Lu, a postdoctoral engineer in the Bargmann lab, designed a small chamber (about five square centimeters in area and about 100 microns thick) that could be placed over Petri dishes containing nematodes feeding on bacteria. The chamber allowed the researchers to create precisely controlled gradients of oxygen, which for this study ranged from 0 percent to 21 percent, the concentration of oxygen in ambient air.
A little oxygen goes a long way:
Systematic genetic engineering and molecular studies confirmed the researchers suspicion that the GCY-35 enzyme was binding to oxygen rather than nitric oxide. However, the discovery of the oxygen-sensing mechanism in the nematodes led to another surprise. It was presumed that the nematodes would prefer the 21-percent oxygen levels, the condition under which nematodes in the laboratory are routinely kept. But the worms actually much preferred oxygen concentrations of only about 6 to 7 percent. This preference for a lower concentration of oxygen led to an explanation of aggregate behavior, long observed in laboratory nematodes, called "bordering and clumping," in which large numbers of the worms gather around the border of a Petri dish.
"Bordering and clumping turns out to be a laboratory artifact," says Marletta. "The bacteria that the worms feed on concentrate at those borders. Since the bacteria are also consuming oxygen, the concentration of bacteria and the swarm of worms combine to lower the oxygen concentration in the immediate environment. We found that when we reduced the oxygen concentration in a Petri dish to 6 percent, the worms dispersed in three minutes."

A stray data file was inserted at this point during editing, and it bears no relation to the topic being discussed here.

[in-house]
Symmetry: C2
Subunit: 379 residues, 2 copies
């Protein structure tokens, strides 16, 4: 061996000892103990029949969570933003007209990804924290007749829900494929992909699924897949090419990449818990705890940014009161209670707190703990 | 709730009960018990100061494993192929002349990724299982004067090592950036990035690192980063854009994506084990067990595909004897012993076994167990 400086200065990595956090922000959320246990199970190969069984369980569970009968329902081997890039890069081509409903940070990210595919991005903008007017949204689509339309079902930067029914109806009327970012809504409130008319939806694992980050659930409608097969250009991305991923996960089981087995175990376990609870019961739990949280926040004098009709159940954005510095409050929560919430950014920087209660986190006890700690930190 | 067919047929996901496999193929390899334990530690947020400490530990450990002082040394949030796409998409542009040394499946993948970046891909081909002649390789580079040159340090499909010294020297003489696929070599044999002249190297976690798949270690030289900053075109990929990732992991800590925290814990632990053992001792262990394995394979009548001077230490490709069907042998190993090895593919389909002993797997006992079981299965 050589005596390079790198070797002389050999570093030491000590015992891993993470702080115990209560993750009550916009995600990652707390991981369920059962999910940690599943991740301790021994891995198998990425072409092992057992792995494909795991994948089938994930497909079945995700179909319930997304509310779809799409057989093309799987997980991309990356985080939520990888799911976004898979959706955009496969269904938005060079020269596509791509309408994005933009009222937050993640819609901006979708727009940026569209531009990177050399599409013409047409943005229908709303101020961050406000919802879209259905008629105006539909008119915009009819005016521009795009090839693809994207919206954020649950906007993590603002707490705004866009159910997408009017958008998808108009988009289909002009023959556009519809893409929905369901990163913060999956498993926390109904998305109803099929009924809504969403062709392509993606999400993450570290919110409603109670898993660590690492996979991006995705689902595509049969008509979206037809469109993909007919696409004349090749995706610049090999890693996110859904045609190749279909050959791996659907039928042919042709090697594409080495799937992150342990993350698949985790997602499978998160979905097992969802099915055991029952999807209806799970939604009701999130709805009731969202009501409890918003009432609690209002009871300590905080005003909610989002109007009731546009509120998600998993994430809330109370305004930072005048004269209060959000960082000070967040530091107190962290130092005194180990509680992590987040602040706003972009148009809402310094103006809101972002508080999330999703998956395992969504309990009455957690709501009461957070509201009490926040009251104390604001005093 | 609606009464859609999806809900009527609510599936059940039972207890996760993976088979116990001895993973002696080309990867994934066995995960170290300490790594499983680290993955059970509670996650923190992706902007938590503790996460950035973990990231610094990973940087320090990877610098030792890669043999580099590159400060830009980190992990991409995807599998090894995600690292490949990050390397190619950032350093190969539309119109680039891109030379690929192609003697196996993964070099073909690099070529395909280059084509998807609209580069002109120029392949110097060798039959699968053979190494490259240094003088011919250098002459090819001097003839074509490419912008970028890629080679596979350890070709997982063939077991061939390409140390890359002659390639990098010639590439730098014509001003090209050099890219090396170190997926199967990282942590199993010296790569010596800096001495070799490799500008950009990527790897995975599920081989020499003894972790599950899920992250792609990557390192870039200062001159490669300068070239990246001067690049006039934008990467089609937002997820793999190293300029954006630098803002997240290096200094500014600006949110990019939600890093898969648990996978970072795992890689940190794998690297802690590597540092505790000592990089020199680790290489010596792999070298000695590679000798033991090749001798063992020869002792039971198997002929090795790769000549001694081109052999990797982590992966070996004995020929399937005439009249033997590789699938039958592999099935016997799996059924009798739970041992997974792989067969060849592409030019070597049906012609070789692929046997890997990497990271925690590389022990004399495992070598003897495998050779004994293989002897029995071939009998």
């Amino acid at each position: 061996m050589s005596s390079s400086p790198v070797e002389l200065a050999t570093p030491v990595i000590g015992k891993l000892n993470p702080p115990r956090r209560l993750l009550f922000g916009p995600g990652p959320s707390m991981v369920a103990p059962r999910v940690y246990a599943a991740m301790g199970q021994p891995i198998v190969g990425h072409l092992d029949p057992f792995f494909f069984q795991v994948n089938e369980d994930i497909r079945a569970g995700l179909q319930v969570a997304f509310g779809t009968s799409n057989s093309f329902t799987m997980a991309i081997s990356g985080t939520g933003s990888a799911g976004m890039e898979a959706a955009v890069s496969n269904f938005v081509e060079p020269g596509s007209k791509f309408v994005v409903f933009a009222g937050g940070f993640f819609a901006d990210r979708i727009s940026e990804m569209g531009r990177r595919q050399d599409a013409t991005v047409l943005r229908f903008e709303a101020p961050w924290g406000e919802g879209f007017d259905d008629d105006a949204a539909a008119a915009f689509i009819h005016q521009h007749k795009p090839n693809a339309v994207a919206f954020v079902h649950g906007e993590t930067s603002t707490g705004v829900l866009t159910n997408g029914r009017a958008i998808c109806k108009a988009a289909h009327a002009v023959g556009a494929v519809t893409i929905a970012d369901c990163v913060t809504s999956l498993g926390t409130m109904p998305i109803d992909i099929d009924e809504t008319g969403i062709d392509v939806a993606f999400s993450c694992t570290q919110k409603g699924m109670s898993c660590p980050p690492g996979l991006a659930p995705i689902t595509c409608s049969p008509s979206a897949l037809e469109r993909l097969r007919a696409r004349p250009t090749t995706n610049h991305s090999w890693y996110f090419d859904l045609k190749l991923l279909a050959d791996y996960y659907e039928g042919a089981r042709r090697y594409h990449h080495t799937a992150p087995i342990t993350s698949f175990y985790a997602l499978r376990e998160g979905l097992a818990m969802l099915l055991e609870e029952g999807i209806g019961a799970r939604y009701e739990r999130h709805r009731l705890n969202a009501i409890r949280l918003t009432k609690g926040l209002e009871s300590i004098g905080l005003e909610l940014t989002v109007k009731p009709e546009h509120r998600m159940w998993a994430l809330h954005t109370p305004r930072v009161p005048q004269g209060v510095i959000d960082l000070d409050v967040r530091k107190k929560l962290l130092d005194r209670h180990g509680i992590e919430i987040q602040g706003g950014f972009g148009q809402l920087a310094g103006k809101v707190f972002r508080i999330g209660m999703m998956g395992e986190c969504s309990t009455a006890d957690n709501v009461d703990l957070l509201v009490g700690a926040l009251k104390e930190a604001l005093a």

In that sense, Marletta says, the nematode's ability to sense oxygen is like a dinner bell. As Bargmann explains, "Oxygen sensing may be a hunting strategy, like smelling your food, except that in the case of C. elegans it's actually smelling the activity of the food. Since bacteria are incredible oxygen hogs, the food is consuming oxygen faster than oxygen can diffuse."
Marletta and Bargmann speculate that the preference of the nematodes for lower oxygen concentrations gives them a selective advantage; perhaps it is a protective response against levels of oxygen that would be damaging to the worms or would shorten their lifespan. This same mechanism should also be present in fish and other animals that live in environments where the oxygen levels fluctuate. It may also be similar to the mechanism by which the human body deals with hypoxia (oxygen deficiency).
Says Bargmann, "We do monitor oxygen levels in our bloodstream, using a rice-sized organ called the carotid body that sits at the fork of the carotid artery. When there's even a small drop in oxygen concentrations, as might happen in vigorous exercise, these neuron-like cells evoke a hyperventilation or rapid-breathing response. It might well be that we use a similar oxygen-sensing mechanism as the nematode."
Marletta and his research team have already begun structural chemistry studies that they believe will enable them to predict whether a given guanylate cyclase enzyme will be an oxygen or a nitric oxide sensor. A better understanding of how these enzymes are able to selectively bind to nitric oxide or oxygen will have implications across a wide swatch of biology, including research into human cardiovascular diseases.
Says Marletta, "What I love most about this project is that we started out simply trying to understand how the mammalian cyclase enzyme is able to bind to nitric oxide. It appears to be a rather narrow question, but in searching for the answer, look at all that we've learned about oxygen sensing."
"Oxygen sensation and social feeding mediated by a C. elegans guanylate cyclase homologue," by Jesse M. Gray, David S. Karow, Hang Lu, Andy J. Chang, Jennifer S. Chang, Ronald E. Ellis, Michael A. Marletta, and Cornelia I. Bargmann, appears in the 15 July 2004 issue of Nature.
Source: Eurekalert & othersLast reviewed: By John M. Grohol, Psy.D. on 21 Feb 2009
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Nothing in life is to be feared. It is only to be understood.
-- Marie Curie